I wouldn't necessarily call this a fault of the film, however; it tackles many topics in an occasionally jarring manner, but it never feels confusing or distancing for very long. When the documentary was over, I felt that I'd actually just watched three smaller documentaries, rather than one cohesive film: since these three little documentaries were different in subject matter and totally engrossing, however, I had almost no problem with the film's occasionally choppy pacing.
If there is one editing issue which sticks out as being particularly problematic, however, it is Ledonne's disrespect for the viewer's attention span. During literally every minute of the film, the viewer is assaulted with quick cutaways to stock footage and obtrusive graphics which Richard Dawkins would refer to as "Lord Privy Seals."
Allegedly some sort of British filmmaking joke, the Lord Privy Seal identifies an unfortunate habit amongst documentarians who feel the need to emphasize every single word spoken by an interviewee by cutting to a picture or piece of stock footage illustrating the word in question ("The Lord Privy Seal is an antiquated title in Britain's heraldic tradition," Dawkins says; "The joke imagines a low-grade film director who illustrates it by cutting to a picture of a Lord, then a privy, and then a seal.). By the end of the film, I felt somewhat exhausted by the sheer number of (thankfully audio-devoid) clips and bits which fill the numerous interviews which are compelling in their own right.
Ledonne also has an inexplicable habit of reminding the audience who certain interviewees are through use of large subtitles...even though the film has already introduced them, and featured them repeatedly throughout the duration. With only fifteen minutes left in the documentary's running time, the audience is still being told who Tracy Fullerton is. Why?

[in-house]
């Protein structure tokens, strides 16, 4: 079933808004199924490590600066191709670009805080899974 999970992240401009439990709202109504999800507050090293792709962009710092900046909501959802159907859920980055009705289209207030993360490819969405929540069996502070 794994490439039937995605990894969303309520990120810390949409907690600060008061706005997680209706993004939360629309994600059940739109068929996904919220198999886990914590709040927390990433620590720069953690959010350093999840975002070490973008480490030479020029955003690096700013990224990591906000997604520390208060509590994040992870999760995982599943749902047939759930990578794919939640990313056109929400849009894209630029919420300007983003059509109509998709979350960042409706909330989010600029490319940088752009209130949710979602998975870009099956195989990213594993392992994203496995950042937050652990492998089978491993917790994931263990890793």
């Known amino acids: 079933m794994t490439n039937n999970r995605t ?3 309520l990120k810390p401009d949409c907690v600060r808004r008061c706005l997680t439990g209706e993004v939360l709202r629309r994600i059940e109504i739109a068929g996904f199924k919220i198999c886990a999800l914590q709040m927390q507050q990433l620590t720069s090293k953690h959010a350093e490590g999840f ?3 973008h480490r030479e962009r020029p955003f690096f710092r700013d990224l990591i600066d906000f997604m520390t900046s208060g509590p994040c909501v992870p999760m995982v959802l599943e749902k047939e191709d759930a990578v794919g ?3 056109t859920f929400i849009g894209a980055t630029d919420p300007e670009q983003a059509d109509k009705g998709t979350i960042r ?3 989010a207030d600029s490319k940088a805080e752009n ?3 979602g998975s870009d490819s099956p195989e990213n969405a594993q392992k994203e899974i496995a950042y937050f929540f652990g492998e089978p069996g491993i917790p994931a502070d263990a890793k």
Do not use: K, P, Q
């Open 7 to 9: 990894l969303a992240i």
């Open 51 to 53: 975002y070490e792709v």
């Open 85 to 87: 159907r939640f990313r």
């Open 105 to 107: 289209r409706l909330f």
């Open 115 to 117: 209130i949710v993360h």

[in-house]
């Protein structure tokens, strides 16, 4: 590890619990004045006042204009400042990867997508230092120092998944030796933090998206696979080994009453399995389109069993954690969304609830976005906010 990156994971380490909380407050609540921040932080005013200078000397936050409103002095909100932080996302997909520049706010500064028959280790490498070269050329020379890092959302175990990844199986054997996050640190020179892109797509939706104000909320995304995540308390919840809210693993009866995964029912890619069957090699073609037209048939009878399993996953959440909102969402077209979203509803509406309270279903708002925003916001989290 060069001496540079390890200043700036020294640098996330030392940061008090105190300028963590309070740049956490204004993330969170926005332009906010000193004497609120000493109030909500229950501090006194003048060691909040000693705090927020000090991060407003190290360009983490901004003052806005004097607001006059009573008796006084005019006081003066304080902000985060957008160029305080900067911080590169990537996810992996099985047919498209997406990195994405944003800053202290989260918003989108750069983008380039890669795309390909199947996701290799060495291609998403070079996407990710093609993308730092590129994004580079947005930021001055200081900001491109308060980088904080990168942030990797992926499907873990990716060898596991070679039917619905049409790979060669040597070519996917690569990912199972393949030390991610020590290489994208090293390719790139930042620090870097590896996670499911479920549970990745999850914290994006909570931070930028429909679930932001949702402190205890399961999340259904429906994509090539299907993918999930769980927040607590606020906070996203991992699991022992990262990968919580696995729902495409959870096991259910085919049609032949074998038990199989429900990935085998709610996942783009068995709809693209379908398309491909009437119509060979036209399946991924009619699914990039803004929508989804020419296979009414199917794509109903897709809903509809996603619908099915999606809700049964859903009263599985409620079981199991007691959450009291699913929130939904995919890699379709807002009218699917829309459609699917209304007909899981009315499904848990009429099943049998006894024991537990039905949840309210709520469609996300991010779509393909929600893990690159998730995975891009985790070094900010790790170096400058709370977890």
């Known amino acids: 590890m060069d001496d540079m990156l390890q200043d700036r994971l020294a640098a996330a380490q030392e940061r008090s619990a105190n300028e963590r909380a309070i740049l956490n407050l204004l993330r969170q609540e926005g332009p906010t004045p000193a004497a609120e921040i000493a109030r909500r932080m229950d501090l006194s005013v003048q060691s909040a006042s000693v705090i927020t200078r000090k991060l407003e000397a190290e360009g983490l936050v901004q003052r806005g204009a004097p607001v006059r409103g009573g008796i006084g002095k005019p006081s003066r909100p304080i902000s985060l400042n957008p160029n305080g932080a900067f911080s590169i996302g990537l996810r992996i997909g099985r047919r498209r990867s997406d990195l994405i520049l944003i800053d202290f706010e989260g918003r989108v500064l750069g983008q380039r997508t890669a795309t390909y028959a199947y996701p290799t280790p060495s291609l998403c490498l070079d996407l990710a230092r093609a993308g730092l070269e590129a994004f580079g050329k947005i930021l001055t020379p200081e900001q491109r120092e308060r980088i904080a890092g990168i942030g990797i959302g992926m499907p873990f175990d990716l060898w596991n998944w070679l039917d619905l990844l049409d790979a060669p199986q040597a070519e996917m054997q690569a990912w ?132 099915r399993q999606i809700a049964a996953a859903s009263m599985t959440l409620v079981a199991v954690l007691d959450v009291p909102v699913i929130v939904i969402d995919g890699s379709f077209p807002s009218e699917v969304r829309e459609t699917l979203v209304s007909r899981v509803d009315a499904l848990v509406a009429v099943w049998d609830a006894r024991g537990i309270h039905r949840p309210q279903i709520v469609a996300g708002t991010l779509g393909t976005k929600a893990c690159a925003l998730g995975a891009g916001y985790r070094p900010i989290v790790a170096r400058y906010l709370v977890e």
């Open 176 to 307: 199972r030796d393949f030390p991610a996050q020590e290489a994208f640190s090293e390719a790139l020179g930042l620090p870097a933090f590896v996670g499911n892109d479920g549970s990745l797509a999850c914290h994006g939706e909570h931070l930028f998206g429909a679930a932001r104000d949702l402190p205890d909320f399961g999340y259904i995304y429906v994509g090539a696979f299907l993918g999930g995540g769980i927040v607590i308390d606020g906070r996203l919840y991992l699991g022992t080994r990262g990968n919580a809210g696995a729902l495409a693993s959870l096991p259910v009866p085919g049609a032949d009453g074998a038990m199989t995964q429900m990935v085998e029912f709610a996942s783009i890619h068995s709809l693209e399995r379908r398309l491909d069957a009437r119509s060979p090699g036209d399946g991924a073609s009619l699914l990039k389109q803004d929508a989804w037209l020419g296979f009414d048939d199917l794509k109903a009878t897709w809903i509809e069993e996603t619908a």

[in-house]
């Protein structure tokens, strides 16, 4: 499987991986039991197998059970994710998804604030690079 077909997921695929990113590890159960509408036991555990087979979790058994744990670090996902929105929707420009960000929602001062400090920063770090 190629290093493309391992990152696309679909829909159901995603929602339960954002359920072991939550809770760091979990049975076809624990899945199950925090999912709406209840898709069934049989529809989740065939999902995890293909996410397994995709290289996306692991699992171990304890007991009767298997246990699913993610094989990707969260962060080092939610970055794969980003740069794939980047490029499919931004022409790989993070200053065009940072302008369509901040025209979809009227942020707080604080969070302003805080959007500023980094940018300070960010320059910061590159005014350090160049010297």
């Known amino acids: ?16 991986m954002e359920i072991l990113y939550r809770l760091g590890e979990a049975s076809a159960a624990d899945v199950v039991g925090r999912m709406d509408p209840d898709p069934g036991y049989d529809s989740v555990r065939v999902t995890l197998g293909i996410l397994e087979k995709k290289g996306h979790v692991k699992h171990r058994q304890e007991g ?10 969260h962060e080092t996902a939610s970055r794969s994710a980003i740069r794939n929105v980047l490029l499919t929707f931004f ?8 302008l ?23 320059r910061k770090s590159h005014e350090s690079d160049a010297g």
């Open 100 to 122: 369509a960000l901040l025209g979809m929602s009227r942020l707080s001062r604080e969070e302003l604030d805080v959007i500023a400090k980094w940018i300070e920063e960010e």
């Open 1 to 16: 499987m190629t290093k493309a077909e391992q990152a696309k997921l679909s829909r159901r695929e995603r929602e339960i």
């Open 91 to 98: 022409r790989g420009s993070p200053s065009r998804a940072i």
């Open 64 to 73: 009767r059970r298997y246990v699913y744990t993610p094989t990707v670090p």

These superficial problems are peanuts, however, to the documentary's ultimate flaw: its lack of legitimate dissenting opinion. While Ledonne includes some very brief interview clips with critics of his game and his personal politics, their opinions are almost immediately stifled by a torrent of lengthier, kindly-edited dissenting views from game designers and independent filmmakers. Less than thirty seconds after being introduced, Jack Thompson is immediately portrayed as a hypocritical douchebag when the interviewer calls him out for contradicting his current statements about the Dawson shooting with those he made on Fox News a year earlier.
I never thought I'd ask for the opportunity to hear Jack Thompson talk more about the danger of videogames, but given the immediate bitchslapping he receives by the hand of the editor and the other interviewees, one can't help but feel sorry for him and the other anti-SCMRPG! critics Ledonne briefly features. The statistics and arguments Ledonne uses to defend videogames are completely fair, but his presentation of the opposition sadly isn't.
In the end, and despite all its technical flaws and blatant stacking of the deck in Ledonne's favor, I can't think of a single reason why the average gamer (or indeed, the average parent) shouldn't watch Playing Columbine. It includes some truly interesting dialogue from the biggest names in the games-as-art movement, it covers a a broad range of topics without necessarily feeling like it overreaches itself, and it avoids the pitfall of focusing too much on the original game and its creator.
I still think SCMRPG! is a hypocritical, ineffective work of art whose latter half entirely undermines the brilliance of the former, but I'll be damned if I didn't enjoy Playing Columbine.